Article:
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Fluorescence-based fibre optic sensor systems for temperature and strain measurement

Sun, T. (1999). Fluorescence-based fibre optic sensor systems for temperature and strain measurement. (Unpublished Doctoral thesis, City, University of London)


Commencing with a review o f the development of fibre optic sensor technology and especially previous work in the phosphor thermometry area, this thesis covers research on fibre optic fluorescence thermometry. Several luminescent materials, e.g. crystalline materials, doped bulk glasses and rare-earth ion doped fibres, are evaluated. Theoretical models have been developed and are considered to provide underpinning support for the experimental results obtained, and applied to the optimization of the selection of particular suitable fluorescent materials for thermometric use, which lays an appropriate theoretical basis for the fluorescence thermometry discussed herein

The fluorescence based point temperature sensing system developed has been expanded to multi-point or quasi-distributed temperature sensing application by using Prony's method, which enables the exponential decays from either single material, two-material or even several element quasi-distributed sensors to be analyzed and thus data and associated measurand information encoded in each individual signal to be recovered.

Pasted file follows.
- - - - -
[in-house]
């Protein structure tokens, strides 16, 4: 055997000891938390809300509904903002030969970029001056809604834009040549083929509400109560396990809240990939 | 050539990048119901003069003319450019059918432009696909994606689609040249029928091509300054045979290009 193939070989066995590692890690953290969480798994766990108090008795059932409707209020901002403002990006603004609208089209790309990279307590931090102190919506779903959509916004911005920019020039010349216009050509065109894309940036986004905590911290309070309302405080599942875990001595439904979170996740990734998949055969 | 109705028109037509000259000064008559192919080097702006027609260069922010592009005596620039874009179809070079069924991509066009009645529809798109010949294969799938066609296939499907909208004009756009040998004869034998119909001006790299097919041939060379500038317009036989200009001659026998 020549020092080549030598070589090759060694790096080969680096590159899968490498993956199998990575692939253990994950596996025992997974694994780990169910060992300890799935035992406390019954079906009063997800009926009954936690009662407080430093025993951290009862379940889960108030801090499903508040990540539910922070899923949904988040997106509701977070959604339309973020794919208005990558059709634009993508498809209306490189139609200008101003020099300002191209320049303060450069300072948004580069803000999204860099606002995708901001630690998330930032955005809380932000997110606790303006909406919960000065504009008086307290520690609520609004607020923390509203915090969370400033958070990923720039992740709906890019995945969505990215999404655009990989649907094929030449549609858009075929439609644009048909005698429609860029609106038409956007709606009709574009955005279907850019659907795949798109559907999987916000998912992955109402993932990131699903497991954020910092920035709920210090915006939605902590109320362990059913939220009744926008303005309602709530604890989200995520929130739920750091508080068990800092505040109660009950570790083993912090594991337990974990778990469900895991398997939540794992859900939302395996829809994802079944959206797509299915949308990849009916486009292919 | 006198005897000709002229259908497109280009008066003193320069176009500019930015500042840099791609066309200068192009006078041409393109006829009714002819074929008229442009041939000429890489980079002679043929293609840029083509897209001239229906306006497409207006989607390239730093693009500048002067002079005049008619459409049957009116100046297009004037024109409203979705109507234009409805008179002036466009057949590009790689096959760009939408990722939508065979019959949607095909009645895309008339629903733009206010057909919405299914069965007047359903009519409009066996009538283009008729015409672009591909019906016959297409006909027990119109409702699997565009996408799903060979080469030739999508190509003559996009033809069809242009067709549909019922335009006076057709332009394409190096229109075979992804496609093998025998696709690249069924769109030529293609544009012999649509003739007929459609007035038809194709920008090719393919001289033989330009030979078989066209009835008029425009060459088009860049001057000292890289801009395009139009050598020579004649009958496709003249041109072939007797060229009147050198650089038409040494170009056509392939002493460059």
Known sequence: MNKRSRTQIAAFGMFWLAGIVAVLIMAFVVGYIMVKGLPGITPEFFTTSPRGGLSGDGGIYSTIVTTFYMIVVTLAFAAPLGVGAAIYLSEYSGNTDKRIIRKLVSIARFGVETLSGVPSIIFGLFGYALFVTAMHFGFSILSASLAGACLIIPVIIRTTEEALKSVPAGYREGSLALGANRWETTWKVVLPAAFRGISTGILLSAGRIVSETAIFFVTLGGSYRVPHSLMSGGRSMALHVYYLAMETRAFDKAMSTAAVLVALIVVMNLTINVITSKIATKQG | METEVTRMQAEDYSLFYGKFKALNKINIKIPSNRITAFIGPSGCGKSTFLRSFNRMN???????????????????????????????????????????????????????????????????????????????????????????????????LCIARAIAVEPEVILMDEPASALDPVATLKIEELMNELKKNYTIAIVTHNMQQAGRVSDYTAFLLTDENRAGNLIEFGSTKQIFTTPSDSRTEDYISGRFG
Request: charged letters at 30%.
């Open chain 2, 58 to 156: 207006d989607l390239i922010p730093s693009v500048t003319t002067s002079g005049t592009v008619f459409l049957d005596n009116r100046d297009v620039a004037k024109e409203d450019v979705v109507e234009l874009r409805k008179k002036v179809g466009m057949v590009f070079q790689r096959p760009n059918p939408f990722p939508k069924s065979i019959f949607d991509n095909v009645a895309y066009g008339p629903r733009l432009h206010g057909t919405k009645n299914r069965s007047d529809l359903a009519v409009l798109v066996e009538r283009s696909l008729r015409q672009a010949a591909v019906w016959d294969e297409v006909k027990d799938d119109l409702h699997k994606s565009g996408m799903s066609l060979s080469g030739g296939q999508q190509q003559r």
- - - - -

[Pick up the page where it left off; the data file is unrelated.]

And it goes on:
As a further development, the fluorescence based system has been modified to measure average and local temperatures, which are important in a number of industrial situations. Corresponding signal processing schemes, the singular value (SV) scheme and the correlation coefficient ratio scheme, are introduced and tested to meet the requirement of high speed and consistency

Whilst recognizing their strong dependence on temperature variation, the fluorescence lifetimes o f rare earth doped fibres are investigated for the first time in terms of their sensitivity to another physical quantity, strain. Their characteristics and sensitivity are explored in detail in the work.

Finally, two most promising fluorescence-based temperature sensing techniques, namely the fluorescence intensity ratio (FIR) and fluorescence lifetime (FL) schemes, are compared and contrasted.

The significance of the work is considered and suggestions for future work made.

Publication Type: Thesis (Doctoral)
Subjects: T Technology > TK Electrical engineering. Electronics Nuclear engineering
Departments: School of Science & Technology > Engineering > Electrical & Electronic Engineering
School of Science & Technology > School of Science & Technology Doctoral Theses
Doctoral Theses
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